Wednesday, February 17, 2016

Bernie, Hillary, Sexism, Authenticity, and Elizabeth Warren

It is undeniable that, as a woman, Hillary Clinton faces a sexism that makes campaigning tricky. Pundits will obsess over stupid things like her hair and dress, they will scrutinize her actions as a wife in a way male politicians are never scrutinized for their marital conduct, they will look for signs of "womanly weakness" at every turn.

That being said, Clinton is not struggling to beat Bernie Sanders because, as Catherine Rampbell suggested in the Washington Post, Sanders' maleness allows him a freedom to seem authentic that Clinton doesn't have. Sanders, windblown and loud, can express passion; Clinton, constantly under watch by a sexist media, must be meticulous.

But its' not Sanders Brooklyn accent and mussed hair that make him seem authentic, nor are they the key to his popularity. And to see that, all one has to do is look at Elizabeth Warren.

With all due respect to Bernie, he was not most progressives first choice for president. Warren was the one every ultra-liberal democrat pictured taking the White House. Because Warren, with her kempt hair, midwest accent and pricey blazers, exudes exactly the passion and authenticity that Rampbell says sexism prevents Clinton from attaining.

One pundit suggested that Clinton's problem is we have cast her in the role of a grandmother, and when she raises her voice we feel we're being scolded. But Warren raises her voice all the time. She admonishes her foes with great force.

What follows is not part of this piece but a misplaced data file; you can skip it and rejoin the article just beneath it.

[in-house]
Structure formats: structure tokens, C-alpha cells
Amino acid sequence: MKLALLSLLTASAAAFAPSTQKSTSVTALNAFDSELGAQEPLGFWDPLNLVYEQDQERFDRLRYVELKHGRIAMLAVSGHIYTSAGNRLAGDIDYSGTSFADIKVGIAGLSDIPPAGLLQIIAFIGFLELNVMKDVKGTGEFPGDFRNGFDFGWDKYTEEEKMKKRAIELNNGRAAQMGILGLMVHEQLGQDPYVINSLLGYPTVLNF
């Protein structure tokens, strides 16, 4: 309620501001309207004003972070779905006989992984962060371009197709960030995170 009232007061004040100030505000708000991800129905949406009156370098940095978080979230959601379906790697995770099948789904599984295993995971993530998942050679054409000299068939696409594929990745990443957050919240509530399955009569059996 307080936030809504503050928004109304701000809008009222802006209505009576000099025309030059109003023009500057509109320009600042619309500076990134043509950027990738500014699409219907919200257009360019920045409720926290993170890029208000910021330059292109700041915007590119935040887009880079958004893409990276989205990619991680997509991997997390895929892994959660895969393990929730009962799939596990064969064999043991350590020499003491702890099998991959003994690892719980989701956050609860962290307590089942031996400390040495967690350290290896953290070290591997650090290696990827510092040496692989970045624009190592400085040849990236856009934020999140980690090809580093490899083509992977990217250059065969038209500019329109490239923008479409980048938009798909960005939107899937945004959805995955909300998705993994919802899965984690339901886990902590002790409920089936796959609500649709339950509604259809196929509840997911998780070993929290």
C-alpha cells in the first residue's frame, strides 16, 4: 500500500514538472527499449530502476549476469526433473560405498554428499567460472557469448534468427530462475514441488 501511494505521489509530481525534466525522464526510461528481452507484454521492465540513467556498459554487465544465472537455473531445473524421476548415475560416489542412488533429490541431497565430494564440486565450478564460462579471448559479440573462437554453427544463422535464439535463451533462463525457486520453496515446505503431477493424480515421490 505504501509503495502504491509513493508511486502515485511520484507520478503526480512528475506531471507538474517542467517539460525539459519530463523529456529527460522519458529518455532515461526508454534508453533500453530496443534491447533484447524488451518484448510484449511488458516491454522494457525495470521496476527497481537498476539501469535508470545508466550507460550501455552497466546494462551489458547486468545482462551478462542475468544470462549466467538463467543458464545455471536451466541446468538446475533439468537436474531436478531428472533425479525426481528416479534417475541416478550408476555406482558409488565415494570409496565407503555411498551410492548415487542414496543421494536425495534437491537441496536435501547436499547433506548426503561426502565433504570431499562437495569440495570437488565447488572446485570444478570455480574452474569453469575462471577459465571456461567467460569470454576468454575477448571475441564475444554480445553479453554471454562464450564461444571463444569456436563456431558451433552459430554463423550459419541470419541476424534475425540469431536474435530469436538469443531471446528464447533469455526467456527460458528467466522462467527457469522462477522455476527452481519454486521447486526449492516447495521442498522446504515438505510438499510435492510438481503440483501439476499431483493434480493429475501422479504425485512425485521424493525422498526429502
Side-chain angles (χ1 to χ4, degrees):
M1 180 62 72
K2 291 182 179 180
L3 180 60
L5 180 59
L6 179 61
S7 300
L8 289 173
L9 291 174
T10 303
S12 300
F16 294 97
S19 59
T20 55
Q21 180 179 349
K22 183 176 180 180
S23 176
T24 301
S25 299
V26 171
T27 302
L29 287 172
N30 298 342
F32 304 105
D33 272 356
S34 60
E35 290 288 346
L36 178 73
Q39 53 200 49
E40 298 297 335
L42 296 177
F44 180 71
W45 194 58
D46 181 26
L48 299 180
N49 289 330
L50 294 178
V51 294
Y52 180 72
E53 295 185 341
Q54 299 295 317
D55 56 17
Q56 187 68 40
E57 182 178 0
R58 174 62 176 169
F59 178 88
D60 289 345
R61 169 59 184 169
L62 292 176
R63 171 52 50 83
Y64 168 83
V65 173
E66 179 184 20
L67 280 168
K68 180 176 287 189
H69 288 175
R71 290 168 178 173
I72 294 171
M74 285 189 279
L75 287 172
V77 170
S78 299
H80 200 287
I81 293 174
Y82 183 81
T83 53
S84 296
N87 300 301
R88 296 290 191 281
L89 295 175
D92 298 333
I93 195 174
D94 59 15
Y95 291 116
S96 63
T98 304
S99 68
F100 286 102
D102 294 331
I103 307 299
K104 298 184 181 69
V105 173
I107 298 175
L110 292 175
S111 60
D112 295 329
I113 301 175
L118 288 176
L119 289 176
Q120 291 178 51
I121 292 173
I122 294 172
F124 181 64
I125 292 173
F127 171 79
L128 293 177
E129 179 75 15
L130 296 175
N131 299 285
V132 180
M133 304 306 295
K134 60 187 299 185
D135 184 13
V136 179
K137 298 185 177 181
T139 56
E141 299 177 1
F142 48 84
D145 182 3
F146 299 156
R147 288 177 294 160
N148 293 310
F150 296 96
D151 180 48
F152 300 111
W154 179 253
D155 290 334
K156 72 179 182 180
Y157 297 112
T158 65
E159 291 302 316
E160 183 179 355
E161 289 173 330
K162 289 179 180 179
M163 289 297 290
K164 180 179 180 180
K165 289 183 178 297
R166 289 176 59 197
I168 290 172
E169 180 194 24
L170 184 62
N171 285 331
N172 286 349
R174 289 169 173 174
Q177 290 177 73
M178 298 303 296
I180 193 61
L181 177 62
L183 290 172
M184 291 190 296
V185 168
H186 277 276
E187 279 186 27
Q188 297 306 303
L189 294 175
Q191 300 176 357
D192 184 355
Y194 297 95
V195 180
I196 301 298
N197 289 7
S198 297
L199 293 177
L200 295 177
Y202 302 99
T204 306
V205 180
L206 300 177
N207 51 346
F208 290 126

The difference is who is being admonished. If Warren is a grandmother, she is one who will see kids teasing another kid and run outside and chase them away with a broom. When she admonishes, she admonishes for you.

Hillary is something different. Like Warren, she can get angry, but often she's angry with all of us. She's angry because we keep throwing her vote for the Iran war back at her, angry because we asked for an explanation for her private email server, angry that people keep choosing dreamers like Obama and Sanders over a practical, sensible woman like herself. Hillary is the grandmother who tells you that you're a bad child if you don't eat your broccoli.

Hillary's authenticity problems are not because she can't be seen with messy hair. Her authenticity problems are because she's inauthentic. She answers questions with an evasive lawyerliness. She makes unsupportable claims, as when she said that being a woman makes her a true establishment outsider when her resume is remarkably insider-ish. She seems inauthentic because she switches positions and then says, oh no, I never really said I supported that, I just said I was open to it.

Authenticity isn't a male/female thing. Romney seemed inauthentic. Sarah Palin, on the other hand, comes across as passionate and authentic, even when she's being crazy and incoherent.

I'm not saying we should choose our political representatives based on that indefinable thing called authenticity. There are slick, talking-point-driven politicians like Nancy Pelosi who seem phony but still do a terrific job, and it's possible in the end that Clinton's experience, wonkiness, and nuts-and-bolts practicality would make her a better president than Sanders - I'm having difficulty making up my mind who to vote for.

What I'm saying is, if Elizabeth Warren were the candidate instead of Bernie, she would have the same fans, receive the same big crowds, and be attacked in the mainstream press for many of the same reasons. But no one would say she was doing so well because of sexism.